After a shaky start to 2013, the year ends in triumph for Vertigo Comics as Jeff Lemire’s epic sci-fi romance Trillium takes the Broken Frontier Award for Best Limited Series.
For long-time followers of the Vertigo imprint, early 2013 was a time for anxiety. The departure of Karen Berger, the swiping back of key characters into the DC Universe, the second coming of Image and uncertainty about personnel and relocation left a lot of readers worrying that Vertigo was, um, looking over the edge.
However, under new executive editor Shelly Bond, the imprint came out swinging as the year went on, and one of its acclaimed launches, Jeff Lemire’s Trillium, has been voted Best Limited Series of 2013 by the readers and staff of Broken Frontier.
I’ve been a huge fan of Jeff Lemire for years, and even though I can’t begrudge him the opportunity to keep spaghetti hoops on the table with a hefty slate of DCU writing gigs, it’s his creator-owned writer-artist work that really gets my heart beating a little faster.
After the emotionally charged post-apocalyptic drama of his last Vertigo series, Sweet Tooth (2009-13), Lemire has nailed his sci-fi colours more firmly to the mast with Trillium, an ambitious eight-parter that – like Scott Snyder and Sean Murphy’s The Wake, from the same publisher – spans the millennia to look at the BIG picture of human development.
From its first issue, released in August, Trillium set off like a train, taking the comic-book format and giving it a good twist to bring two disparate stories and characters together; #1 famously used the double-cover flip book format to tell two stories that meet in the middle.
From one end we were taken to 1921 and introduced to a typically haunted Lemire protagonist – William, a traumatised British veteran of the Great War, exploring the jungles of Latin America for the lost Temple of the Incas.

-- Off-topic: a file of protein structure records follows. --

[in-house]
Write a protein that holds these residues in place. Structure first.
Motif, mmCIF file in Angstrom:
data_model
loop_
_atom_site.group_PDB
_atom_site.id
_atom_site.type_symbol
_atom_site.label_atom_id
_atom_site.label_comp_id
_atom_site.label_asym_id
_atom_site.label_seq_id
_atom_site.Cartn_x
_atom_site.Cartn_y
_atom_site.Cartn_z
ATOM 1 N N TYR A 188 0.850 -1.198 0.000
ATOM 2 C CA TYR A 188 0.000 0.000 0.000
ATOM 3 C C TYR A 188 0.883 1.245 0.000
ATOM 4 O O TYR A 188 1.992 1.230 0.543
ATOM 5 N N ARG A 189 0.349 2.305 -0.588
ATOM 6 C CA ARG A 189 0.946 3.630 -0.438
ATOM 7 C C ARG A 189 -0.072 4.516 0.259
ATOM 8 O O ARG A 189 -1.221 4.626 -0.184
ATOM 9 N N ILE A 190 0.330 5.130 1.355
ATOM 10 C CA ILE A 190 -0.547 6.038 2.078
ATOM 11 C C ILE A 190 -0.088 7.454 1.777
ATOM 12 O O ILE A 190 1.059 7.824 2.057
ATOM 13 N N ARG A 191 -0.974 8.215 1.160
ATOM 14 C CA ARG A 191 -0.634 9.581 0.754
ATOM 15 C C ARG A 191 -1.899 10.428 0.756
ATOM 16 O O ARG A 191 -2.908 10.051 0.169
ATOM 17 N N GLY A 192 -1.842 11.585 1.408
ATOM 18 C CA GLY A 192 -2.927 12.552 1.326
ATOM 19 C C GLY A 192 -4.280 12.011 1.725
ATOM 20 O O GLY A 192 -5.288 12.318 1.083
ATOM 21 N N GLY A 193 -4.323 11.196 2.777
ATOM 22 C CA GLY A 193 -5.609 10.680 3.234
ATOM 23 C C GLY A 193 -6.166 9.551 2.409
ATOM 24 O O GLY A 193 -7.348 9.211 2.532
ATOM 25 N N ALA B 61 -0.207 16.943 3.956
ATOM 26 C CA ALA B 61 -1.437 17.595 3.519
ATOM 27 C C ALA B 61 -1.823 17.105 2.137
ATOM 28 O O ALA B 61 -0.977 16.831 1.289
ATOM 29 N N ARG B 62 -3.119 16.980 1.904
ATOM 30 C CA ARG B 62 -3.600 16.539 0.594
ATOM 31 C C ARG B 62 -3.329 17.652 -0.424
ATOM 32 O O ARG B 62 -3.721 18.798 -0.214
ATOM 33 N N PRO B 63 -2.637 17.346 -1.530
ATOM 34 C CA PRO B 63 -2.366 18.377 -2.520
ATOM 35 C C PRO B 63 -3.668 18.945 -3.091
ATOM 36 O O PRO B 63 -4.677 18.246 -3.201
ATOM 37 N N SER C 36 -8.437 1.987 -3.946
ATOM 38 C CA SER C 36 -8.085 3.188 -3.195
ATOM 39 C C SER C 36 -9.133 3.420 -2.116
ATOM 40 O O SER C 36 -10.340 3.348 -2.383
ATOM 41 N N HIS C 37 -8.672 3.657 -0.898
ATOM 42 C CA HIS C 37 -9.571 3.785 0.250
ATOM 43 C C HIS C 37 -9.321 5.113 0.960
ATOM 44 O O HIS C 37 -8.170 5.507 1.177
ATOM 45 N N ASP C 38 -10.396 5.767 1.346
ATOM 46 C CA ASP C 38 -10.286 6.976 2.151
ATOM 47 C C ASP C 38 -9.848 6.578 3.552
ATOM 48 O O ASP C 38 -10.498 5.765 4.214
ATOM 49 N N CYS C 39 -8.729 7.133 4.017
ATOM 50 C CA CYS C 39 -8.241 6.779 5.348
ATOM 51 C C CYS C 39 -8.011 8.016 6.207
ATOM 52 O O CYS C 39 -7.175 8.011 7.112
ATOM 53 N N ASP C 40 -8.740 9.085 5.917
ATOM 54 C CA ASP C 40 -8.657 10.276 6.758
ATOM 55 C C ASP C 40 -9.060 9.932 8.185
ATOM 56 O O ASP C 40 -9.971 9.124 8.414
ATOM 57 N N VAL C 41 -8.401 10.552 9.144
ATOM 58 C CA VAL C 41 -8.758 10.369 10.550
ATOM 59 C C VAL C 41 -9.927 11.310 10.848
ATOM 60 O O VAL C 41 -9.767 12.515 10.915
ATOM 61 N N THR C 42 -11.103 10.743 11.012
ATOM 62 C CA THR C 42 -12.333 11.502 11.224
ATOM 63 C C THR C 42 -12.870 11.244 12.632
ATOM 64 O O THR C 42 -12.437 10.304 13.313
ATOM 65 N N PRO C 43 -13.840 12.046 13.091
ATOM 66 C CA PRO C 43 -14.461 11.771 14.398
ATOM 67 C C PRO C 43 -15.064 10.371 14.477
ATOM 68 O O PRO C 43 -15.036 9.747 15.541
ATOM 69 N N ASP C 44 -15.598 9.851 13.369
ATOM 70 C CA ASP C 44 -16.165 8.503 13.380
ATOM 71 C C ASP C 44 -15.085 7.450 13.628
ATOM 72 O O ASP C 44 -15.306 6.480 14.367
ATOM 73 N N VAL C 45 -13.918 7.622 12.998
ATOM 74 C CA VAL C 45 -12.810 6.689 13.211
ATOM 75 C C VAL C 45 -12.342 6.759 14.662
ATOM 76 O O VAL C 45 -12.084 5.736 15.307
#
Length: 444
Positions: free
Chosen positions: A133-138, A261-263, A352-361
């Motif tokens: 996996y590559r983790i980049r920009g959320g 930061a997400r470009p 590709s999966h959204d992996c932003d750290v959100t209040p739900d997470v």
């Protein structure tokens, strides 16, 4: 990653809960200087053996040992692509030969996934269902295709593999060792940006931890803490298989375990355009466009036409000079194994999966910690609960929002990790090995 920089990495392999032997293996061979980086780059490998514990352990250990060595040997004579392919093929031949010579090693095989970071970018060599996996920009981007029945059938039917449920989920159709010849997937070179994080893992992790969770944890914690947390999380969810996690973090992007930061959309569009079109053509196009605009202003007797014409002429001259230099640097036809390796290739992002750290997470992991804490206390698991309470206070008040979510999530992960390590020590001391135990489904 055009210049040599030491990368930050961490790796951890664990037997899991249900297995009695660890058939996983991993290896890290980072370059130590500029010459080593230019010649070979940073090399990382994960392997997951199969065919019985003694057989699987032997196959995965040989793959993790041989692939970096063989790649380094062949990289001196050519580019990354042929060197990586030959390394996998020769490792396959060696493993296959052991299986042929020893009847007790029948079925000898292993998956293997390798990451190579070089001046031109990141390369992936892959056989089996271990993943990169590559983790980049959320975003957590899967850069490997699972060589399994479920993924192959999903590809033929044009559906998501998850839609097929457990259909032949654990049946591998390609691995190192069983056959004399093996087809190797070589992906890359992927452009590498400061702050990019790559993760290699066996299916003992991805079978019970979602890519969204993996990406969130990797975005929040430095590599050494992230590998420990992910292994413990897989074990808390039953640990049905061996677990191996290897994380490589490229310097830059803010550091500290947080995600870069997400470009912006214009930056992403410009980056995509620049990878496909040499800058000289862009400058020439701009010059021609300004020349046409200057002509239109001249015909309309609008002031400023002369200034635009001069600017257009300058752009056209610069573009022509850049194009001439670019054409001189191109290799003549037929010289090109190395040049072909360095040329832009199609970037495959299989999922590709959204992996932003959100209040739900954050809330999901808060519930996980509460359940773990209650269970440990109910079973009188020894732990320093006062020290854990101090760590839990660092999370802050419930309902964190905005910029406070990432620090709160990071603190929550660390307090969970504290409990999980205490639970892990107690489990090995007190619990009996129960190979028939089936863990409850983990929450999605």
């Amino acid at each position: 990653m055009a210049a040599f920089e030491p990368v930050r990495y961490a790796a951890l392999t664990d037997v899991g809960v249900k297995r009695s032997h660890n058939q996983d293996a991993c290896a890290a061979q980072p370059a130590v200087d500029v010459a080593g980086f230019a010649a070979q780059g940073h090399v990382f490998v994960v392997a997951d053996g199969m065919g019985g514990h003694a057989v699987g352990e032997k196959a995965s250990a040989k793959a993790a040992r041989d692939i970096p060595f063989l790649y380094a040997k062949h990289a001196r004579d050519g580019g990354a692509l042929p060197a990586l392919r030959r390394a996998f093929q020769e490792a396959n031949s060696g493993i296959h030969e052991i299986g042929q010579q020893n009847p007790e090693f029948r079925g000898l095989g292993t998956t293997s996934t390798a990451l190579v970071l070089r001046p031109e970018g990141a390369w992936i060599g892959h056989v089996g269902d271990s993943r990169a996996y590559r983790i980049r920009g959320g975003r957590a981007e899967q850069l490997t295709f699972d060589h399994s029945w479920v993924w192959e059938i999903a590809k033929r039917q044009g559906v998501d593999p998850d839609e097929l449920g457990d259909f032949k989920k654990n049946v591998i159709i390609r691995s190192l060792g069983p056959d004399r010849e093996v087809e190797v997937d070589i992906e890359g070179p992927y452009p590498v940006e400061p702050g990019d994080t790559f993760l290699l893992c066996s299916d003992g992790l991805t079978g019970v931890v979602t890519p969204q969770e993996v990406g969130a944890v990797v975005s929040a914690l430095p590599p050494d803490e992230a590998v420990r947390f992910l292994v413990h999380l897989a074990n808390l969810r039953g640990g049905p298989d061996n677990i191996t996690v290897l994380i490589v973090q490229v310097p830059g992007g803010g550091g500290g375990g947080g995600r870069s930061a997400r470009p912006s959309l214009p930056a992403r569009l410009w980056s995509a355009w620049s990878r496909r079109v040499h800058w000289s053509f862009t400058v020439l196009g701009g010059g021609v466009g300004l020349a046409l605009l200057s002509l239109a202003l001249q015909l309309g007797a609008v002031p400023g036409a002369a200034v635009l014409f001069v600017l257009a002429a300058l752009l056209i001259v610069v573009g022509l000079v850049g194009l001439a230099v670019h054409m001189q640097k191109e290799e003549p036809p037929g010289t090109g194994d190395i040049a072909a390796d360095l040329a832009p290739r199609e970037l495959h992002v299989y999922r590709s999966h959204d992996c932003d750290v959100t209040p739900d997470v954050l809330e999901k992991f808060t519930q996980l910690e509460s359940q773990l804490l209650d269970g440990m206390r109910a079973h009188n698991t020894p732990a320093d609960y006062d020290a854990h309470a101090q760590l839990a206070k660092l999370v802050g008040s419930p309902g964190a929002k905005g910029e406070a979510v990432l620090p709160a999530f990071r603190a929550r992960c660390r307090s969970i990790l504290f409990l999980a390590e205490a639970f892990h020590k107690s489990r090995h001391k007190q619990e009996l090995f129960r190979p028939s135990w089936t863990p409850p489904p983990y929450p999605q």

From the other end we were flung forward to 3797 to meet ‘Xeniologist’ Dr Nika Temsmith and see her negotiations with a native alien race for supplies of the Trillium – a plant that might save the last few thousand human space colonists from an annihilating plague known as The Caul.
Before long, the fates of William, Nika and humanity in general become inextricably entwined. The pace picks up and the stakes rise until, at the midpoint of the series, we’re faced with a Watchmen #11-style white-out and a caption announcing ‘The End’. Then, in #5, one of the most intriguing single issues I can remember, things get REALLY interesting…
Lemire’s expressionistic artwork has always enthralled me, but he’s taken his style a step further in Trillium; maybe inspired by his friend Matt Kindt (Mind MGMT), he’s started to add ethereal watercolours to his work, adding an extra layer of atmosphere.
Apart from the hold exerted by the main story, the cliffhangers at the end of each issue and formal experimentation Lemire employs makes Trillium a thrilling monthly experience. As well as the flipbook aspect of #1 – which makes a return throughout the series – the difficulty of communication between the various parties is depicted vividly, including a language of alien glyphs that cries out to be ‘decoded’.
Indeed, the whole thing reads like a bit of a paean to the slightly unfashionable ‘floppy’; as in Mind MGMT, there’s plenty of stuff in the single issues that won’t work half as well digitally, or even in trade paperback format.
So, as we head eagerly towards the story’s conclusion, hats off to Vertigo and congratulations to Jeff Lemire for Trillium – Broken Frontier’s Best Mini-Series of 2013.